In his time, many Jews believed that the physical resurrection was identical to the world to come; thus denial of a permanent and universal resurrection was considered tantamount to denying the words of the Talmudic sages. However, instead of denying the resurrection, or maintaining the current dogma, Maimonides posited a third way: That resurrection had nothing to do with the messianic era (here in this world) nor to do with Olam Haba (the purely spiritual afterlife). Rather, he considered resurrection to be a miracle that the book of Daniel predicted; thus at some point in time we could expect some instances of resurrection to occur temporarily, which would have no place in the final eternal life of the righteous.


Maimonides and the Modern

Maimonides remains the most widely debated and controversial Jewish thinker among modern scholars. He has been adopted as a symbol and an intellectual hero by almost all major movements in modern Judaism, and has proven immensely important to modern Jewish philosophers such as Leo Strauss. Maimonides's importance to diverse systems of thought lies in the philosopher's embrace of paradoxical and often contradictory ideas. The Reform movement, for instance, pointed out Maimonides's argument that Jewish ritual has developed over time as justification for its proposed changes to Jewish tradition. Orthodoxy, on the other hand, has pointed to the Maimonidean argument that the Oral Law (Halacha) and the Principles of Faith are inviolate and must be scrupulously observed even if they are not fully understood. Maimonides's reconciliation of the philosophical and the traditional has given his legacy an extremely diverse and dynamic quality. He is one of the few figures in Jewish history who is universally embraced by all strains of modern Judaism. Jewish historian Yosef Yerushalmi has noted that every generation creates the Maimonides it needs or desires.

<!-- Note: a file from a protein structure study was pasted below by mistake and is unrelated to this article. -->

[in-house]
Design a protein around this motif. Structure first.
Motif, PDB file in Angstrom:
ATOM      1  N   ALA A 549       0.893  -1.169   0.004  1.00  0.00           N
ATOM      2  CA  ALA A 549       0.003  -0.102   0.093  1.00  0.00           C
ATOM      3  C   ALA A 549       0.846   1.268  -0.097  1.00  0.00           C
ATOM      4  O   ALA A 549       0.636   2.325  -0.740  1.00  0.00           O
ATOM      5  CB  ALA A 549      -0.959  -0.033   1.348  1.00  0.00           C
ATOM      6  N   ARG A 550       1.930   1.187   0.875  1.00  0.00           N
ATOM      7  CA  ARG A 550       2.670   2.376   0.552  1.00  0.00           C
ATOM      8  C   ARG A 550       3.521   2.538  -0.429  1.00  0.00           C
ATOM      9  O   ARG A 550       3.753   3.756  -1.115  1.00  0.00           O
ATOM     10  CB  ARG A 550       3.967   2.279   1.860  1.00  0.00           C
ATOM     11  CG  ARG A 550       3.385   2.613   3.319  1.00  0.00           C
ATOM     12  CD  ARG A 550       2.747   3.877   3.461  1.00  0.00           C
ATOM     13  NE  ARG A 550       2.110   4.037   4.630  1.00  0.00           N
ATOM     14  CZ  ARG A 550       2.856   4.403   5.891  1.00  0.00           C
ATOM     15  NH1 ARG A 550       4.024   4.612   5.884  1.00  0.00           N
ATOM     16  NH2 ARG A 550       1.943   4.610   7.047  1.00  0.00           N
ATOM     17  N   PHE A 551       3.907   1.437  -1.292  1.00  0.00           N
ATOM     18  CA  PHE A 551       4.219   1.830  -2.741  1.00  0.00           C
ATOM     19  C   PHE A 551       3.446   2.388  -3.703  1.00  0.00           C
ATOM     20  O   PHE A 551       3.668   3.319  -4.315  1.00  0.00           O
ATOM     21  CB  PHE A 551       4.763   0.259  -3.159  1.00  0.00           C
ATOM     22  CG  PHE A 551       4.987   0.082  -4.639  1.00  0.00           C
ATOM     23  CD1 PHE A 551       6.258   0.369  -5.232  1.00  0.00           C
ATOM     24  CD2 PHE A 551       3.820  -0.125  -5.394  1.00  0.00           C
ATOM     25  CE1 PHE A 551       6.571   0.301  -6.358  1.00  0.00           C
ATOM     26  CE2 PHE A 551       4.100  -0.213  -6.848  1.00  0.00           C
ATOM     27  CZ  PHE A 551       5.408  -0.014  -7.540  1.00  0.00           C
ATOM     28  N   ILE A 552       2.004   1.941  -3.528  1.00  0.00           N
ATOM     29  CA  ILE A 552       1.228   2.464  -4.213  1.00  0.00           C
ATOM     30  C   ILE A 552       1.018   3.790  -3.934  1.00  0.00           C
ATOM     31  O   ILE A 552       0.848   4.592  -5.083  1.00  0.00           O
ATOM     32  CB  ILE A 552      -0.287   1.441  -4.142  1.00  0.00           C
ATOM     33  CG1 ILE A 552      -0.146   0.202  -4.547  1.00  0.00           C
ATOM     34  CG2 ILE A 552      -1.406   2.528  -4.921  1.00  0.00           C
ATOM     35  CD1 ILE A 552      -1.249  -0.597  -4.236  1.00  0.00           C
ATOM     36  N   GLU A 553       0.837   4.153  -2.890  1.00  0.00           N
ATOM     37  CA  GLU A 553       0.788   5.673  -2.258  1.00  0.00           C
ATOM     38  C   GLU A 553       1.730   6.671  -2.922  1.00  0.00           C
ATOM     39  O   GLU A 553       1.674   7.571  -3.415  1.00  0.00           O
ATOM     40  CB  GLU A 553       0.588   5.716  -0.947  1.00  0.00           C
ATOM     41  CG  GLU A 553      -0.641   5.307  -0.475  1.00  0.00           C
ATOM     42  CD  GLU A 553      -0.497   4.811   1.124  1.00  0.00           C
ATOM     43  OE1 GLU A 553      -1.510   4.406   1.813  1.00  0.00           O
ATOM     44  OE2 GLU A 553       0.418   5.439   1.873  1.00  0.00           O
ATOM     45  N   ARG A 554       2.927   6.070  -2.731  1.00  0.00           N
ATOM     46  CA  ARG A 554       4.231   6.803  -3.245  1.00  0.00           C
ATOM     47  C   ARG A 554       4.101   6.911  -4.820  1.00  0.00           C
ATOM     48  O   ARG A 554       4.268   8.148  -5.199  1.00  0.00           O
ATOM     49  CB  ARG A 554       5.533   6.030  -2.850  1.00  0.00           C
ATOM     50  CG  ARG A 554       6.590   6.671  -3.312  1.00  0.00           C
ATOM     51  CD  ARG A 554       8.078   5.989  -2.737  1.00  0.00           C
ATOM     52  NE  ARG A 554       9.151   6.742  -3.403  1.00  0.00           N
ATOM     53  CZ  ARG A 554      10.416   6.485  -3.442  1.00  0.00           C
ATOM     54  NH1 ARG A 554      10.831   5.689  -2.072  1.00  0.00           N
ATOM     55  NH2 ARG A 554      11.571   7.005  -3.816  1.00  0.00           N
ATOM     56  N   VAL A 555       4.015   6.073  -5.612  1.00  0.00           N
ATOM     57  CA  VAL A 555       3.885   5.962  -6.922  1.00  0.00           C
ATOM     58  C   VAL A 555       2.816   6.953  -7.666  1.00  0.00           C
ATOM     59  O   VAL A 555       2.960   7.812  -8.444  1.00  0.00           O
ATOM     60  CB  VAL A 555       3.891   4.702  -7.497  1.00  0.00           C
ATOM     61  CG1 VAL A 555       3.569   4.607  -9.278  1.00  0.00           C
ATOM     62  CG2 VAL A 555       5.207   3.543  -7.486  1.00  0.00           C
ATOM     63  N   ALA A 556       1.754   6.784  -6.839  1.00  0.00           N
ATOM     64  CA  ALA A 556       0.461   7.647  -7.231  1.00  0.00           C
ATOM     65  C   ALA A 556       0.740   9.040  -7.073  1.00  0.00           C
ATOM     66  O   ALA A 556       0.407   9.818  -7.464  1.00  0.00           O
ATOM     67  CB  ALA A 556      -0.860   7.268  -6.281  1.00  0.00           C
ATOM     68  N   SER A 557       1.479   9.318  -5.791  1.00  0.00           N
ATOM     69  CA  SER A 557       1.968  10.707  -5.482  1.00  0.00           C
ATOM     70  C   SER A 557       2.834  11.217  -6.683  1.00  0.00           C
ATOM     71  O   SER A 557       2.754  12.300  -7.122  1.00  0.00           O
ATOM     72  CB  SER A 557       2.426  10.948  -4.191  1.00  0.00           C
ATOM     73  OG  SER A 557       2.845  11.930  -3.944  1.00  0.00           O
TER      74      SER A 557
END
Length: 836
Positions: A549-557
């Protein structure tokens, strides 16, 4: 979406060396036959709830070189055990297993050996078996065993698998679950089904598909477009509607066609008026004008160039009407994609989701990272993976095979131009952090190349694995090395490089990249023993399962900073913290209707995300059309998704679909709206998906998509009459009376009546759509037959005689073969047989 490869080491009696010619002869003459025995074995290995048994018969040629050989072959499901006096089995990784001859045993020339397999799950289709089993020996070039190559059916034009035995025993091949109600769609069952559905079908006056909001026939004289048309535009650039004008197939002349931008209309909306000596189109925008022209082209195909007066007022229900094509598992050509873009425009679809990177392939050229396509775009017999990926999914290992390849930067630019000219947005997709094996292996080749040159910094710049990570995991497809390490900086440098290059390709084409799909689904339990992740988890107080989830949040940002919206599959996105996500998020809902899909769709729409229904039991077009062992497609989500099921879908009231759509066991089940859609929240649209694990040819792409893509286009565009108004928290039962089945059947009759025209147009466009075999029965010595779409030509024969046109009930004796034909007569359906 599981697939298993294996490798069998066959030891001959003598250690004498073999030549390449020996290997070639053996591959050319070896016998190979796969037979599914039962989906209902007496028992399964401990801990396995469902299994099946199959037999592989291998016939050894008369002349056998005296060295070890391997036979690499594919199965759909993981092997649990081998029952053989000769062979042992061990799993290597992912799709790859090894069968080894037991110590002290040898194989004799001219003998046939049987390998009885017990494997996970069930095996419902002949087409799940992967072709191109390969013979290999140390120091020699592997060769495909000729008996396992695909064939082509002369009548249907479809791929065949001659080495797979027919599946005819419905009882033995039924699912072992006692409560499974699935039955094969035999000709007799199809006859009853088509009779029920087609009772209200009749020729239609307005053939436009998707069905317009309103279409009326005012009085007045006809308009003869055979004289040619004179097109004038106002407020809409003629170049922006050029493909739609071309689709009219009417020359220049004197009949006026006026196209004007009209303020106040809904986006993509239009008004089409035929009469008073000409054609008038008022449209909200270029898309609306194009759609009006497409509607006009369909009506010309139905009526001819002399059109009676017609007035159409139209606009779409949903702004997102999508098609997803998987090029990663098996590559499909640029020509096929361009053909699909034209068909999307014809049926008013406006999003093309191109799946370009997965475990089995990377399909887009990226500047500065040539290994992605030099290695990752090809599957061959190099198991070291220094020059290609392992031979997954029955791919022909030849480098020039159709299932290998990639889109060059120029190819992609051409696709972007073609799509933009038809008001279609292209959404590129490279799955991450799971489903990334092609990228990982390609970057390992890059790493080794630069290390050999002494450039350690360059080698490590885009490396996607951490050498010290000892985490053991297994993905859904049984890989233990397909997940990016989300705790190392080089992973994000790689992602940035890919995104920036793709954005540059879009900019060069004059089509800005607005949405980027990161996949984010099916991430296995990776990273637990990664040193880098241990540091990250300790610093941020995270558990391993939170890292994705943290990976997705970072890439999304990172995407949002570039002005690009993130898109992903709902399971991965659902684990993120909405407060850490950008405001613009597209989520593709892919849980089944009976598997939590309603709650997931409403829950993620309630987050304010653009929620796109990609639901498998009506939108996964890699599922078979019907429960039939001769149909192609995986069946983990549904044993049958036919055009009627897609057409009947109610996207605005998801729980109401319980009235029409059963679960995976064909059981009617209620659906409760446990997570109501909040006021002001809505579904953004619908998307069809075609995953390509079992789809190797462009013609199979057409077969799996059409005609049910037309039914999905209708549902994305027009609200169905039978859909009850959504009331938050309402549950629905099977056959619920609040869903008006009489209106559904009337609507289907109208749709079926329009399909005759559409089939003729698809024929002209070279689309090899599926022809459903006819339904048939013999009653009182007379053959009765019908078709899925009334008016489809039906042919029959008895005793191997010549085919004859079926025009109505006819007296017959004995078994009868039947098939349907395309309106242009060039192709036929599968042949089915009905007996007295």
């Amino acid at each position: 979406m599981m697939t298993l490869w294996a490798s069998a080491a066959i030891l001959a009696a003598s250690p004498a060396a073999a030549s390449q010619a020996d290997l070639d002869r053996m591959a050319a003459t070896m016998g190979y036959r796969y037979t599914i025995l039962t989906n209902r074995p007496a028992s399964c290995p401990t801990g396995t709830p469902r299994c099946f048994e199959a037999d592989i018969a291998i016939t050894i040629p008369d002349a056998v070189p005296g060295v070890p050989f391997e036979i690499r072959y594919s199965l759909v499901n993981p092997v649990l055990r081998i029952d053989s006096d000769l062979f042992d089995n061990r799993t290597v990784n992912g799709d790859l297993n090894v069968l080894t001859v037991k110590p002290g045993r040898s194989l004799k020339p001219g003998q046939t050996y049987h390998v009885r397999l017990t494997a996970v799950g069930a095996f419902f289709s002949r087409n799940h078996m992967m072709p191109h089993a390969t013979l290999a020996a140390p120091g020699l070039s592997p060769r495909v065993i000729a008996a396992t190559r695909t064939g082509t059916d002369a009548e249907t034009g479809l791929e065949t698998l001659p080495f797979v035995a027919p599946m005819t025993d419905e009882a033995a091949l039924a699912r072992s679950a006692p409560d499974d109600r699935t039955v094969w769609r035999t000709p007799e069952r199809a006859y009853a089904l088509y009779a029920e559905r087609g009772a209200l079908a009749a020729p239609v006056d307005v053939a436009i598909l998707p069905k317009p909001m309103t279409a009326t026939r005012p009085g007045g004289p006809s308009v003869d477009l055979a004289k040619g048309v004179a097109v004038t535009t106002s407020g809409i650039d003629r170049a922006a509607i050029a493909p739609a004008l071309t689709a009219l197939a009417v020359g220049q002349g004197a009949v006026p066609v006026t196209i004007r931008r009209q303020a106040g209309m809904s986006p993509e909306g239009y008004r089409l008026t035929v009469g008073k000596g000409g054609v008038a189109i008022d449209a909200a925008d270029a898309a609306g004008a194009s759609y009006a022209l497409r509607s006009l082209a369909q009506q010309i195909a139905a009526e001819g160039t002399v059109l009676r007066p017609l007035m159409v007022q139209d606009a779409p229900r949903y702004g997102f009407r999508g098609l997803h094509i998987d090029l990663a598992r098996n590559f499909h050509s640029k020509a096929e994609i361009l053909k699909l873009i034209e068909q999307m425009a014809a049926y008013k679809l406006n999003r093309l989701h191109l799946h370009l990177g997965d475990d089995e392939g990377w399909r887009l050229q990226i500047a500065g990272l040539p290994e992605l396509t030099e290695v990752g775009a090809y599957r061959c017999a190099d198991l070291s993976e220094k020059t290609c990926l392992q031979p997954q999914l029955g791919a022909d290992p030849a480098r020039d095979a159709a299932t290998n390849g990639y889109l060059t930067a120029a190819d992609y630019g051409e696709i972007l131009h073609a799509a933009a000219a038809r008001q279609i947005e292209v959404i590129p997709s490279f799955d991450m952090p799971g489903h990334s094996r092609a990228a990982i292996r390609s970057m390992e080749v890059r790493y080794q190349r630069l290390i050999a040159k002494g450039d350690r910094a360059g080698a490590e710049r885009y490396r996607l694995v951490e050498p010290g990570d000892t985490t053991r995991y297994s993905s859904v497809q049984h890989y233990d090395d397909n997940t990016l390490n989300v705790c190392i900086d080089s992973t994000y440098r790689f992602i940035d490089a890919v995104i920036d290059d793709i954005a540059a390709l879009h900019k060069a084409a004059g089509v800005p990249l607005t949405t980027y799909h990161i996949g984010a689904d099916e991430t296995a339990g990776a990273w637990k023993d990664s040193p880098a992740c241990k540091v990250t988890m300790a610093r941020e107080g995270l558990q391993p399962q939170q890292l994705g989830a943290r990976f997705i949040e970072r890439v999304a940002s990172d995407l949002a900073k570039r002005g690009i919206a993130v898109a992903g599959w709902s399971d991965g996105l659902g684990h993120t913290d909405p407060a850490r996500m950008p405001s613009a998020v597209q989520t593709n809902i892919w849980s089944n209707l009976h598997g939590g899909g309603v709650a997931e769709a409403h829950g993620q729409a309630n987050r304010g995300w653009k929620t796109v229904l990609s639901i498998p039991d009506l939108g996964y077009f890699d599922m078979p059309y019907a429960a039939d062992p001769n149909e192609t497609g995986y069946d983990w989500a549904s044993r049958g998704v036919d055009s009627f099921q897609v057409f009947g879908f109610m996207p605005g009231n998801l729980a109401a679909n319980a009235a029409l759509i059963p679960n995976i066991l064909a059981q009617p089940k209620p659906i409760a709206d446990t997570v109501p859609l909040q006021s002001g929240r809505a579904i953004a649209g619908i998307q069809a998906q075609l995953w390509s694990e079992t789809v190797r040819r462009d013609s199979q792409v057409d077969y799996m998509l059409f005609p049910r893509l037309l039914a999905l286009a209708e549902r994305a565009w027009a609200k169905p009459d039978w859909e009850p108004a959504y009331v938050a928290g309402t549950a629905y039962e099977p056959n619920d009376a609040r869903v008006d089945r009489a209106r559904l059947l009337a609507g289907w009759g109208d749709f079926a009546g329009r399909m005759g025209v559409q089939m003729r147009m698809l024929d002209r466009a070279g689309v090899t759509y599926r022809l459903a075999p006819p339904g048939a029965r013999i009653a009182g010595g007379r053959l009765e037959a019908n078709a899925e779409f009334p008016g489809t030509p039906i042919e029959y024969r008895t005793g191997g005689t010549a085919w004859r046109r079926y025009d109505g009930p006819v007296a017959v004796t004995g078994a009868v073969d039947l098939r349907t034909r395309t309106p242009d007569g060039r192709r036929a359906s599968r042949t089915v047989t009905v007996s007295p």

One of the major issues regarding Maimonides' work is the obscure nature of Guide for the Perplexed. Leo Strauss, who held that Maimonides was the most important philosopher who ever lived, has theorized that Maimonides deliberately intended his book to have two meanings. The first, obvious meaning, was intended for his average readers. The second, hidden meaning, was intended for his elite readers who would understand it due to their intellectual sophistication. Strauss believed that Maimonides telegraphed his real meaning by using codes, numerological indications, and deliberate contradictions within the text. Strauss's writings remain controversial, although he is now accepted as one of the most important modern scholars of Maimonides's philosophy.

Modern scholars tend to fall into two camps: those who believe that Maimonides was attempting a synthesis between Judaism and Aristotelian philosophy, and those who hold that Maimonides was, in fact, a secret Aristotelian who saw Jewish tradition as an allegorical system which was intended to maintain the Jewish community, but was not philosophically accurate. This debate appears unlikely to ever be resolved, since it is based in differing exegetical readings of Maimonides's obscure and difficult philosophical works.

References

  • Marvin Fox Interpreting Maimonides, Univ. of Chicago Press 1990.
  • Julius Guttman, Philosophies of Judaism Translated by David Silverman, JPS, 1964
  • Maimonides' Principles: The Fundamentals of Jewish Faith, in "The Aryeh Kaplan Anthology, Volume I", Mesorah Publications 1994
  • Dogma in Medieval Jewish Thought, Menachem Kellner, Oxford University press, 1986
  • Maimonides Thirteen Principles: The Last Word in Jewish Theology? Marc. B. Shapiro, The Torah U-Maddah Journal, Vol. 4, 1993, Yeshiva University
  • A History of Jewish Philosophy, Isaac Husik, Dover Publications, Inc., 2002. Originally published in 1941 by the Jewish Publication of America, Philadelphia, pp. 236-311
  • Persecution and the Art of Writing, Leo Strauss, University of Chicago Press, 1988 reprint
  • "How to Begin to Study the Guide", Leo Strauss, from The Guide of the Perplexed, Vol. 1, Maimonides, translated from the Arabic by Shlomo Pines, University of Chicago Press, 1974